This paper reports a voltammetric sensor for salicylic acid based on graphene-oxide-modified glassy carbon electrode (GO-GCE). Graphene oxide has been synthesized by a modified Hummers method, and shows predominantly hydroxyl, carbonyl, and epoxy groups. The oxidation of salicylic acid has been studied on glassy carbon electrode (GCE) and GO-GCE, and is found to be an irreversible reaction with a peak potential at 0.79–0.82 V (vs. saturated calomel electrode). The prepared GO-GCE has 2.19 times more surface area than bare GCE, and behaves as a reversible redox platform for the ferricyanide system. The increased area of the electrode, along with the interactions with the functional groups on GO, results in higher currents for the oxidation of salicylic acid. Both GCE and GO-GCE show linear increase of peak current with respect to salicylic acid concentration in differential pulse voltammetry (DPV) studies. The glassy carbon electrode exhibits a linear range of 25 to 1400 μM with a sensitivity of 0.321 μA/μM-cm2, while the GO-modified GCE exhibits a wider linear range of 25 to 2250 μM with a higher sensitivity of 0.396μA/μM-cm2 and a detection limit of 10 μM. Interference studies have been conducted with ascorbic acid and uric acid, and clear peak separation is observed.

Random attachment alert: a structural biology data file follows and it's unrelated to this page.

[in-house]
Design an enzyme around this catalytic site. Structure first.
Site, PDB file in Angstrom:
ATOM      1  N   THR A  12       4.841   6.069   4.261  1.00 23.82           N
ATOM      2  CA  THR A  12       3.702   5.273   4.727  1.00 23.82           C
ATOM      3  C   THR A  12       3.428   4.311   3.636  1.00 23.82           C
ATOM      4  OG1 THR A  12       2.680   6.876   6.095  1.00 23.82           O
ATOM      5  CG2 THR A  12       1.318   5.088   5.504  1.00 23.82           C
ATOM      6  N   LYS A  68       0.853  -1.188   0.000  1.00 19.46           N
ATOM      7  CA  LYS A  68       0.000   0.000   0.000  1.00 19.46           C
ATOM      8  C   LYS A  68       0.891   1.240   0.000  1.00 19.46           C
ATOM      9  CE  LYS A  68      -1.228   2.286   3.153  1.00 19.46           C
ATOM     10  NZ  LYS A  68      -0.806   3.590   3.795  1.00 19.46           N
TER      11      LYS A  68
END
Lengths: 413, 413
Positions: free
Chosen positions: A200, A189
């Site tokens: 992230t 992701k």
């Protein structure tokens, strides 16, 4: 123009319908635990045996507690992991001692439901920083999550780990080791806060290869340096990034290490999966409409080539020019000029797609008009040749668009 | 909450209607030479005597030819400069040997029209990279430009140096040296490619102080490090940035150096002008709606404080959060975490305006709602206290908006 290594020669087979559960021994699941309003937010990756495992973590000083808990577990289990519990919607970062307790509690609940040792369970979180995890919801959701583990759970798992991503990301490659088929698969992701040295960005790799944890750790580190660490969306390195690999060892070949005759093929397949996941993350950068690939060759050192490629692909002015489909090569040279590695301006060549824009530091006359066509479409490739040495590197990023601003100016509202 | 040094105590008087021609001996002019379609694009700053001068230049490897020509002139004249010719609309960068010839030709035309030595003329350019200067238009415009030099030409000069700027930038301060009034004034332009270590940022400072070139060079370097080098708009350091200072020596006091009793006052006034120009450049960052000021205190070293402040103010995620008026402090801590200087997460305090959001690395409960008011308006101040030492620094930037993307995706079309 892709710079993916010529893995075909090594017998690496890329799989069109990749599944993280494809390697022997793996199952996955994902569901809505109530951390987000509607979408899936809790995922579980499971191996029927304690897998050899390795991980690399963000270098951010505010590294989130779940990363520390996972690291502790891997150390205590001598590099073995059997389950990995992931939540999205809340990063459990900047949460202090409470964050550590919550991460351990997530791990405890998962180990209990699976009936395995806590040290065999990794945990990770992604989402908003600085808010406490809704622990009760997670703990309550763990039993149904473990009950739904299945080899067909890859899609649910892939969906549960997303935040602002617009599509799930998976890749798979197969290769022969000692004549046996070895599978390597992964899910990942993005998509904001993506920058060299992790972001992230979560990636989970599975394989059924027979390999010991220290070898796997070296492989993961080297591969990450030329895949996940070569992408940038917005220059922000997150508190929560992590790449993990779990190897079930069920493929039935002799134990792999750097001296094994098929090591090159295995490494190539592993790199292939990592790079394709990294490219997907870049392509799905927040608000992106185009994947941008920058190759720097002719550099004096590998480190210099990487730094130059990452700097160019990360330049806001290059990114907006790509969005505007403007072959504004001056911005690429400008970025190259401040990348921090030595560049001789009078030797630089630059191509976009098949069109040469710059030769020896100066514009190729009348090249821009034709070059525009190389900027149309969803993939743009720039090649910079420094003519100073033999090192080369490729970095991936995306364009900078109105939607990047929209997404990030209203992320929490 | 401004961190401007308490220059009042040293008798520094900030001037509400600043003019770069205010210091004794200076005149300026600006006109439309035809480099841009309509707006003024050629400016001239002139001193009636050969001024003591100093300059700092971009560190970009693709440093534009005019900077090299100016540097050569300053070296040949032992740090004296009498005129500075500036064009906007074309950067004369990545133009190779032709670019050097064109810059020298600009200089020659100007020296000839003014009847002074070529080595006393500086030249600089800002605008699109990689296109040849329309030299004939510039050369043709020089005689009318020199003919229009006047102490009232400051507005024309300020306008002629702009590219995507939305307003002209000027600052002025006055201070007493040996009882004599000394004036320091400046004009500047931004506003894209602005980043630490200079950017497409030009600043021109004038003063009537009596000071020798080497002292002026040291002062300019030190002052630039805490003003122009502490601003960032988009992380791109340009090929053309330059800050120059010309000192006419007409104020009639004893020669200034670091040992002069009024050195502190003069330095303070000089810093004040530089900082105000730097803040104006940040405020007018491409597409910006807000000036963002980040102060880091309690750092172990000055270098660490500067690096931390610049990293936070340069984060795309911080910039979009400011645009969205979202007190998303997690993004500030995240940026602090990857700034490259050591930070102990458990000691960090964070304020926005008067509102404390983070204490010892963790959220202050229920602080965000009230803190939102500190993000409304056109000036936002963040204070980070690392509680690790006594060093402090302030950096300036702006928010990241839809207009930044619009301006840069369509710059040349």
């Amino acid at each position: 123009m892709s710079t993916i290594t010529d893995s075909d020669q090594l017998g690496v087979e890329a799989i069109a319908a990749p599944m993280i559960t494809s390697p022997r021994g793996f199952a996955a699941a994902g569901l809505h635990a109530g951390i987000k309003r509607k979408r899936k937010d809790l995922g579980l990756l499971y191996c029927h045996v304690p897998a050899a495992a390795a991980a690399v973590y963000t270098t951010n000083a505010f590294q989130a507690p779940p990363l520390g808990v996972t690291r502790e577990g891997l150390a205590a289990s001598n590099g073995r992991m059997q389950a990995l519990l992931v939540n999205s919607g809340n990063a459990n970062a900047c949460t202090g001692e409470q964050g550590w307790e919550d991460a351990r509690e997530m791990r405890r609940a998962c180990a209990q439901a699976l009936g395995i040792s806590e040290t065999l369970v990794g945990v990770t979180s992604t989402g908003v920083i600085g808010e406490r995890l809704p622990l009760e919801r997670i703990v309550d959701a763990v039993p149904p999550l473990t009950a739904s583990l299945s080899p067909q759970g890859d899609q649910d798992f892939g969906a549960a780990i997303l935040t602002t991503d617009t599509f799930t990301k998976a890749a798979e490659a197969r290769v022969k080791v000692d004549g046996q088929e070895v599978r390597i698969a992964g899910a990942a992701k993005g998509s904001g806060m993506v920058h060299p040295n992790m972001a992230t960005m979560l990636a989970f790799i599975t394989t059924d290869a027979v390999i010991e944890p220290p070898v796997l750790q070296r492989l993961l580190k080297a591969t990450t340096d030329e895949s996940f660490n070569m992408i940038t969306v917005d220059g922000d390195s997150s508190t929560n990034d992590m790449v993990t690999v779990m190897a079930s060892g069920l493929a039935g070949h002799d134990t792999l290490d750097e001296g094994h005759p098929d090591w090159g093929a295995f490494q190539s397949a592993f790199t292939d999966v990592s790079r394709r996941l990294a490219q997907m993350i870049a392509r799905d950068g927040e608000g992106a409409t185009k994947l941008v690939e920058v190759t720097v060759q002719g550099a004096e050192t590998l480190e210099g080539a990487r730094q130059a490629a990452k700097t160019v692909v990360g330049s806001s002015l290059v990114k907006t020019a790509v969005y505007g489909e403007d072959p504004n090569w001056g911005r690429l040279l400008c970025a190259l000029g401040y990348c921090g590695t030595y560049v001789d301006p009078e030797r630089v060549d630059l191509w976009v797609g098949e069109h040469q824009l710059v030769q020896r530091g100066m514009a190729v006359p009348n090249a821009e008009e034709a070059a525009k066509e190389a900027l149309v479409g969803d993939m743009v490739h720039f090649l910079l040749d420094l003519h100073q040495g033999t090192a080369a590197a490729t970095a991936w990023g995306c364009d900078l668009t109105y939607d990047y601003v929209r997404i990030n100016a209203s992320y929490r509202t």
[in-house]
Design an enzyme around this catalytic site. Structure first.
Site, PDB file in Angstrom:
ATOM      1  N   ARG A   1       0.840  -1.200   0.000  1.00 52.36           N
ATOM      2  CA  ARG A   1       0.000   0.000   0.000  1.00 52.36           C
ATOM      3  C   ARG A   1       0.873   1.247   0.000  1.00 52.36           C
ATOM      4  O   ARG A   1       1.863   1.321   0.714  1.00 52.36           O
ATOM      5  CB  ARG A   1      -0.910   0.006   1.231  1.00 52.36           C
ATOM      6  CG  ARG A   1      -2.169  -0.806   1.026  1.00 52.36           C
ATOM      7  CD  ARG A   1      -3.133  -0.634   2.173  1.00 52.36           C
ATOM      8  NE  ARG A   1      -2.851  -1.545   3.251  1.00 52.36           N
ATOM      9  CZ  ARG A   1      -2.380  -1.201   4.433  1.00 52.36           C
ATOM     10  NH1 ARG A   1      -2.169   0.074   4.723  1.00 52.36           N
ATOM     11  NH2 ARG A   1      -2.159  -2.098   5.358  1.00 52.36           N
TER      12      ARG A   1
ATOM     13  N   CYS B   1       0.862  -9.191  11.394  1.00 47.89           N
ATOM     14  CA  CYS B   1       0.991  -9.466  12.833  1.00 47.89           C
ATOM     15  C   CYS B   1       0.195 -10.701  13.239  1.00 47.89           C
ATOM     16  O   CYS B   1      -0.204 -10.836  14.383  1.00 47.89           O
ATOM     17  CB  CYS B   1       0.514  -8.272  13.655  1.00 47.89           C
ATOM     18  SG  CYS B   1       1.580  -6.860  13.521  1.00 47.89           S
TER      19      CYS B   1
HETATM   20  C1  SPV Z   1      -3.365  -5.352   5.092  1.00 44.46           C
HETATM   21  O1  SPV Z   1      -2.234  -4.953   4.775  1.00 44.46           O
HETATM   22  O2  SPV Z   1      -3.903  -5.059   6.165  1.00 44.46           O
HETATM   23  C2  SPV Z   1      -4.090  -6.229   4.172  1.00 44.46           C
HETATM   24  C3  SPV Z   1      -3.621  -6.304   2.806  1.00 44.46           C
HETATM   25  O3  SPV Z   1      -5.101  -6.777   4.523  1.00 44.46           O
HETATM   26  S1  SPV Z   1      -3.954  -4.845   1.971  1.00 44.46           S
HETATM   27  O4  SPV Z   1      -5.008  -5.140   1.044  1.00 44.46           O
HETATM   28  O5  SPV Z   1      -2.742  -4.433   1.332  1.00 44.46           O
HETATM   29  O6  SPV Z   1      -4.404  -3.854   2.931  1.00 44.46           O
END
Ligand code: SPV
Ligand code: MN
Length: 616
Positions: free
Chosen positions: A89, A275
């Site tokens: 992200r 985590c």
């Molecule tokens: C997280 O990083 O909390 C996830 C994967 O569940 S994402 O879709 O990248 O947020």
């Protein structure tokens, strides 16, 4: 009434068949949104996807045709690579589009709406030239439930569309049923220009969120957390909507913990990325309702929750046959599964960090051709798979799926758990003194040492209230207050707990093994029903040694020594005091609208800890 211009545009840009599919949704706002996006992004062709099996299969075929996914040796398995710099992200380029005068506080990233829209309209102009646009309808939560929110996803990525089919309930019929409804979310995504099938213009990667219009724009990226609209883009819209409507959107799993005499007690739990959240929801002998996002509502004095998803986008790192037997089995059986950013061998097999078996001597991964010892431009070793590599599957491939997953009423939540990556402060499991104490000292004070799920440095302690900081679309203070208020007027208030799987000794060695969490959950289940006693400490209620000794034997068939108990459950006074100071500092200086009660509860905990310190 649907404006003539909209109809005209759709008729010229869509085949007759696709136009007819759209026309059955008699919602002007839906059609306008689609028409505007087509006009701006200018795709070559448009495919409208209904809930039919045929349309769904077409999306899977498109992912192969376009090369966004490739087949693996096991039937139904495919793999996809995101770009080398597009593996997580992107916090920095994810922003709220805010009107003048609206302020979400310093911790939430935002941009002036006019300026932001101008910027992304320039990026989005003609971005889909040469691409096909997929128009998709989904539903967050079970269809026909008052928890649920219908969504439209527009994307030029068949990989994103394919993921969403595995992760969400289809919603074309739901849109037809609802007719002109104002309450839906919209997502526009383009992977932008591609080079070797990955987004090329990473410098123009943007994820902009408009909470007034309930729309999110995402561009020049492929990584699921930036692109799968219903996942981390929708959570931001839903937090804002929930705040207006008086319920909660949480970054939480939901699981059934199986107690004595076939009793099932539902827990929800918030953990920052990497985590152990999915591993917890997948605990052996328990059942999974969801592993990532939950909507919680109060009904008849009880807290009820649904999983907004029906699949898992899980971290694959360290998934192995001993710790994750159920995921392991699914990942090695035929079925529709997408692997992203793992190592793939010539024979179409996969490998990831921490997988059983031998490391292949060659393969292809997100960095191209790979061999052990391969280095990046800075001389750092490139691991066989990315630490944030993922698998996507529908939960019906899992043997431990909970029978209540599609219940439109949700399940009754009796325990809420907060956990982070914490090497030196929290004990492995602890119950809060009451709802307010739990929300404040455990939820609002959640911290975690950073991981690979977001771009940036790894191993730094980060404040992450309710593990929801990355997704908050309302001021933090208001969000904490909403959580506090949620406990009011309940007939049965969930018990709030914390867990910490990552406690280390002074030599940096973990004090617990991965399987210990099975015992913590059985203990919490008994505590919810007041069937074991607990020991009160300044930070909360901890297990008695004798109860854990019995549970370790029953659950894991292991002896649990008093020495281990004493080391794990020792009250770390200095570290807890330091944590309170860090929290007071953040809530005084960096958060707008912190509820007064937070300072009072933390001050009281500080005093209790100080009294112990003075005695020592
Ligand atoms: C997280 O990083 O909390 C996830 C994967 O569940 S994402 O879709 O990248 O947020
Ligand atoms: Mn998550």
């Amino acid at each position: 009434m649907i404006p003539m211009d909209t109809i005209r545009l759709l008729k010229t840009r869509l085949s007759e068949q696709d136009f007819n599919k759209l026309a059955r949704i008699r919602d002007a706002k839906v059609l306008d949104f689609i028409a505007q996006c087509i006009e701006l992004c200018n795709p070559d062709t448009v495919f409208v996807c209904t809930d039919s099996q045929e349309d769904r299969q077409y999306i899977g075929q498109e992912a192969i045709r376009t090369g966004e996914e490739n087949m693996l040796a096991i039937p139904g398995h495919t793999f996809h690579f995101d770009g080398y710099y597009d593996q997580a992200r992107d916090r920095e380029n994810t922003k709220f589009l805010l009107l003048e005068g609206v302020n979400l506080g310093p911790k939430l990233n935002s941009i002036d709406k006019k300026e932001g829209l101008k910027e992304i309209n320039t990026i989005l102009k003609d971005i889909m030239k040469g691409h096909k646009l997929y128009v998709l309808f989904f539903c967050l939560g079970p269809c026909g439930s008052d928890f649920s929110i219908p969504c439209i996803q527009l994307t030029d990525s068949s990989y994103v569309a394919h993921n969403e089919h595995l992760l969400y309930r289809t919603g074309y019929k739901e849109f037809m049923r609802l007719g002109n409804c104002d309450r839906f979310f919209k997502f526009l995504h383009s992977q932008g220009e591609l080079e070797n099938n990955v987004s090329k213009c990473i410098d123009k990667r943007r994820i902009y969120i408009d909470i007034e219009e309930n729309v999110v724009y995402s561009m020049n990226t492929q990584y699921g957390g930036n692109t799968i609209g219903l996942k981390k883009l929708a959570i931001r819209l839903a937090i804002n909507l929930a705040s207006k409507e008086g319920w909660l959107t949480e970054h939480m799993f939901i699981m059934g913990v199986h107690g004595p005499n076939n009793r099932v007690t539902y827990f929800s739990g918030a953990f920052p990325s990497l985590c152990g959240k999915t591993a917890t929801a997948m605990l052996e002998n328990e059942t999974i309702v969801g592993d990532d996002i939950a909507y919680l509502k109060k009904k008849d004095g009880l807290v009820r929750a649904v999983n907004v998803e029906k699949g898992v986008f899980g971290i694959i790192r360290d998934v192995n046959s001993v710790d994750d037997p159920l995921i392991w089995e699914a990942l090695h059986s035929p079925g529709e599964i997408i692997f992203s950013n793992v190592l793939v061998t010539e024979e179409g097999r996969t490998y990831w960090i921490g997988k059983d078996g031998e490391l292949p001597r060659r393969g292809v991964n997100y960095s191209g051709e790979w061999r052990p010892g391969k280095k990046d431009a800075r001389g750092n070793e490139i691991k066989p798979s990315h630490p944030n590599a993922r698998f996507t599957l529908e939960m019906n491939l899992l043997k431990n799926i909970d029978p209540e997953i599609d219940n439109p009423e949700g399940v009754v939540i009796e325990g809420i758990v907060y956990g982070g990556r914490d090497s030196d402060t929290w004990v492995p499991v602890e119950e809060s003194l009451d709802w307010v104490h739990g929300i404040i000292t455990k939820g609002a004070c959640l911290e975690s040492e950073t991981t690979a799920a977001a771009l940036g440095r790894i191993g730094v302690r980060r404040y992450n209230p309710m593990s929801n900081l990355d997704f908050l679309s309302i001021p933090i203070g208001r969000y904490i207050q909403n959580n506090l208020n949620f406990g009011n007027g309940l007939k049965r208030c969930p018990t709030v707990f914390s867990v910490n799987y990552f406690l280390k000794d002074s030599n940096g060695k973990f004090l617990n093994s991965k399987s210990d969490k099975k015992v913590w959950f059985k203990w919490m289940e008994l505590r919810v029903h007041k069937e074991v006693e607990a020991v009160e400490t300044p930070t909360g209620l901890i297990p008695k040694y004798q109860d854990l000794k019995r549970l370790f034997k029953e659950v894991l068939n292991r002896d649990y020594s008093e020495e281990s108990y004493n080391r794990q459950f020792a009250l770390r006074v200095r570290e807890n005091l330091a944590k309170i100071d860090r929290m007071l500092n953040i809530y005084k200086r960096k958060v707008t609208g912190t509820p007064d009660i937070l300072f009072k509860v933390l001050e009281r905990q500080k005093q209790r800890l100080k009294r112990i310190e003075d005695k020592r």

A. Vadivaambigai, Senthilvasan, P. Anandh, Kothurkar, N., and Rangarajan, M., “Graphene-Oxide-Based Electrochemical Sensor for Salicylic Acid”, Nanoscience and Nanotechnology Letters, vol. 7, pp. 140–146, 2015.